Spermatozoa are a focal point for the impact of sexual selection due to sperm competition and sperm-female interactions in a wide range of sexually reproducing organisms. In-depth molecular investigation of the ramifications of these selective regimes has been limited due to a lack of information concerning the molecular composition of sperm. In this study, we utilize three previously published proteomic data sets in conjunction with our whole mouse sperm proteomic analysis to delineate cellular regions of sperm most impacted by positive selection. Interspecific analysis reveals robust evolutionary acceleration of sperm cell membrane genes (which include genes encoding acrosomal and sperm cell surface proteins) relative to other sperm genes, and evidence for positive selection in approximately 22% of sperm cell membrane components was obtained using maximum likelihood models. The selective forces driving the accelerated evolution of these membrane proteins may occur at a number of locations during sperm development, maturation, and transit through the female reproductive tract where the sperm cell membrane and eventually the acrosome are exposed to the extracellular milieu and available for direct cell-cell interactions.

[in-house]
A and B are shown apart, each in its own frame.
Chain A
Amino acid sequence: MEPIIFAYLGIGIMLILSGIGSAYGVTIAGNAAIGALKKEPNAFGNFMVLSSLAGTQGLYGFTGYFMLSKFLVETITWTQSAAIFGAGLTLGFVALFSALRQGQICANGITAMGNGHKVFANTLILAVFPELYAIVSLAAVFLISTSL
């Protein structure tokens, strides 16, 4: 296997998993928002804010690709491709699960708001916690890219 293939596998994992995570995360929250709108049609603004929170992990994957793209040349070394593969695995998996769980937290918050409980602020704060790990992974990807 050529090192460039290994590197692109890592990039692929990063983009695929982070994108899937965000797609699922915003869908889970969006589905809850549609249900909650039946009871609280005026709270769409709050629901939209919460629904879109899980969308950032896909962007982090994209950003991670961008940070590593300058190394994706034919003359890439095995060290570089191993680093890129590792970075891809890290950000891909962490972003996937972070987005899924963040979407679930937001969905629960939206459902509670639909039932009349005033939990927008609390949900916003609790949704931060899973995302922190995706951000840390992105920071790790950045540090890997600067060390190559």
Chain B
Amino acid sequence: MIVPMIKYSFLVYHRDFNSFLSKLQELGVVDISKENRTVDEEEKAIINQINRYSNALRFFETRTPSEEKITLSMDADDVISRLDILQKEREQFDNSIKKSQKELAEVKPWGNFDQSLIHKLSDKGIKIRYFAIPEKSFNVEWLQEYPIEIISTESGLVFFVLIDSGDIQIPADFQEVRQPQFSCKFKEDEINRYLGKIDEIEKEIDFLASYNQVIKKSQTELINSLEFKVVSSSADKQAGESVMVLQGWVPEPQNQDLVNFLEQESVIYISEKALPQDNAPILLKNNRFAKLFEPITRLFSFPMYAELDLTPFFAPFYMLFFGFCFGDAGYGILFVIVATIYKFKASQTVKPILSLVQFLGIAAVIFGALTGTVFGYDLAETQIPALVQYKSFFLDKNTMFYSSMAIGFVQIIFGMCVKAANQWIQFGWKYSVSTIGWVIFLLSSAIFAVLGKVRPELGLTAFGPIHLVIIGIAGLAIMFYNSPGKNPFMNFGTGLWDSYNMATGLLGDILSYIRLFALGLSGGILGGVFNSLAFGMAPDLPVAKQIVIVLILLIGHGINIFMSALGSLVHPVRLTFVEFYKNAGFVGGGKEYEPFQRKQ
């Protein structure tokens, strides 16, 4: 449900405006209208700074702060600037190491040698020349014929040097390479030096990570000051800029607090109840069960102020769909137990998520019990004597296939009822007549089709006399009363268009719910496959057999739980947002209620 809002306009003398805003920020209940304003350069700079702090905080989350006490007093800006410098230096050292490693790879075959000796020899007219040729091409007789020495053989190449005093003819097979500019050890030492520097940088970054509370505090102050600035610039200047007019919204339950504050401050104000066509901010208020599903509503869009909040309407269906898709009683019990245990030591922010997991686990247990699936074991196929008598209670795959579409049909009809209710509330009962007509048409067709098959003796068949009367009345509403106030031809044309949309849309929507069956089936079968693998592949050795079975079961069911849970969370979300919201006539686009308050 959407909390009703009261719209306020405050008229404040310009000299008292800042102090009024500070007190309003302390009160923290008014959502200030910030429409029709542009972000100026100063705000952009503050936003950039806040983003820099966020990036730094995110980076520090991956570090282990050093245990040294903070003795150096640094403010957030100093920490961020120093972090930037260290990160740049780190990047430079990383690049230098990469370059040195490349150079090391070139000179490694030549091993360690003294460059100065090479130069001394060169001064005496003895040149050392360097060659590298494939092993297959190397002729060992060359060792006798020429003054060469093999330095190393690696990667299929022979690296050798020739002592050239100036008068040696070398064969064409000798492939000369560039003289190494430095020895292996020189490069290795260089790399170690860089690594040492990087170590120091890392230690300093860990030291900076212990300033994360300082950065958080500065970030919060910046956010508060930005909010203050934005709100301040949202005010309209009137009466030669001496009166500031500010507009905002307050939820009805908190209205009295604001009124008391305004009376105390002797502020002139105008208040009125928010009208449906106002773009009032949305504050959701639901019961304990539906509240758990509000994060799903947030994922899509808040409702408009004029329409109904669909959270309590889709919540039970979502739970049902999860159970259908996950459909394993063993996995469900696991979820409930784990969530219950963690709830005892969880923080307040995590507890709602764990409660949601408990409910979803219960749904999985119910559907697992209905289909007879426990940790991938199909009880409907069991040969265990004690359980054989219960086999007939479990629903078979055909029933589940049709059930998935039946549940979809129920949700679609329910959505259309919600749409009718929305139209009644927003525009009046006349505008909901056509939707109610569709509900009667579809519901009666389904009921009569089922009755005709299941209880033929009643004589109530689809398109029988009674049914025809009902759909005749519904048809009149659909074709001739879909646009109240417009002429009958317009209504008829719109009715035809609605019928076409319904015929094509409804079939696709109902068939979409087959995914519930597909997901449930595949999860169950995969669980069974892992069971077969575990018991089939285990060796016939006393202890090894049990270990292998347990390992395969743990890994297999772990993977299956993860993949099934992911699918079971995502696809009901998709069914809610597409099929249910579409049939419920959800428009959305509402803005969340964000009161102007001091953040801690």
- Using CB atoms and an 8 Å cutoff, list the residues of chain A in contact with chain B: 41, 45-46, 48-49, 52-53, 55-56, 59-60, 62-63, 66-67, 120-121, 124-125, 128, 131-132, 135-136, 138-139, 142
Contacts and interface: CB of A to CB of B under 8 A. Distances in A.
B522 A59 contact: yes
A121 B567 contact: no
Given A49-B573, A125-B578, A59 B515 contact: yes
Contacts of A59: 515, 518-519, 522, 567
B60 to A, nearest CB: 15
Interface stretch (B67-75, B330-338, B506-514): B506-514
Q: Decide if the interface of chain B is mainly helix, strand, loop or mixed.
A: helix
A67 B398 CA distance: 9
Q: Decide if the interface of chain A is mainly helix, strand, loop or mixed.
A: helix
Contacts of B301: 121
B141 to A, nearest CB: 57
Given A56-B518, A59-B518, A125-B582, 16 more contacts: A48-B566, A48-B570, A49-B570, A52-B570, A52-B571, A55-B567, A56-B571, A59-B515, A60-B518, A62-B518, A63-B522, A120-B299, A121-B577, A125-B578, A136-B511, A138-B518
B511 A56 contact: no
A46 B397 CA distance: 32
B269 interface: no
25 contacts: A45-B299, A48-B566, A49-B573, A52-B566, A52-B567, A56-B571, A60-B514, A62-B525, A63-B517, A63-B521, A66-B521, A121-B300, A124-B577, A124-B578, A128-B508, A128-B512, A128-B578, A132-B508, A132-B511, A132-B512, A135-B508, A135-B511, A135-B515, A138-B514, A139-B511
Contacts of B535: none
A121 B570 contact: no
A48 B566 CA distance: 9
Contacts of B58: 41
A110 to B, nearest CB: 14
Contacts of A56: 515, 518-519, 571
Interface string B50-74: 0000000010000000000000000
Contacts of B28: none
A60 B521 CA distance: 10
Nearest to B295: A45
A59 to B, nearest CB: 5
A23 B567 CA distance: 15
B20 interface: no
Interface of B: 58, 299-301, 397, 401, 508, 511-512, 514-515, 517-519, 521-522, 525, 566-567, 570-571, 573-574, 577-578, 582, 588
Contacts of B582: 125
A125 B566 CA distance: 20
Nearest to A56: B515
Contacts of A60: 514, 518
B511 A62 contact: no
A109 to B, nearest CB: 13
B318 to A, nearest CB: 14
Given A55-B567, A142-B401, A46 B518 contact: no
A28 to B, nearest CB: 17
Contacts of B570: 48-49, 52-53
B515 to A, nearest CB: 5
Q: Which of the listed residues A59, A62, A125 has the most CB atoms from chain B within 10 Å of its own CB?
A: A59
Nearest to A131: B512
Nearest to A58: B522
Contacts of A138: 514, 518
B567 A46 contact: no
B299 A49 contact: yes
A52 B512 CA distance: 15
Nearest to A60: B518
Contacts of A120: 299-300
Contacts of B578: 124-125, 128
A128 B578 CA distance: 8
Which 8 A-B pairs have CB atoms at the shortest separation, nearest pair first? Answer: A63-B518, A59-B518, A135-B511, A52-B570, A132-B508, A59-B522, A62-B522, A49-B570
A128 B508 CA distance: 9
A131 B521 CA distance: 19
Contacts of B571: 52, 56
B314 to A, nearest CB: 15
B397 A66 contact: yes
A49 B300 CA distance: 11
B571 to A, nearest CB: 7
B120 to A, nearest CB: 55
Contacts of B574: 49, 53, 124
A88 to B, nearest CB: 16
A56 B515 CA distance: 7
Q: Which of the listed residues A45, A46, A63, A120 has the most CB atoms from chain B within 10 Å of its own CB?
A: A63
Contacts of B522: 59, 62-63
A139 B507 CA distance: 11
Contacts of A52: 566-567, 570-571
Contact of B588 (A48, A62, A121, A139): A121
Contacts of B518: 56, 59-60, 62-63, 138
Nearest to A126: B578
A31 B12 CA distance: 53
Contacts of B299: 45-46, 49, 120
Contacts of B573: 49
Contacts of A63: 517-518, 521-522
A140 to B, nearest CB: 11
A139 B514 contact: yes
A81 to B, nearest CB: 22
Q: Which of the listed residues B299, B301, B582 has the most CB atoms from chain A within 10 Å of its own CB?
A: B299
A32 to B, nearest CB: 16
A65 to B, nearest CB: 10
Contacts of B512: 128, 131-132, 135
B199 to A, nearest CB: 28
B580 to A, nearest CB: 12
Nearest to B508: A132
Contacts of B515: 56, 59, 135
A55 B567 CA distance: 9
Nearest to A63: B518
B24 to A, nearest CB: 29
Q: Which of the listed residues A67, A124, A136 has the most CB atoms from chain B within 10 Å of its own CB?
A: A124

- sexual selection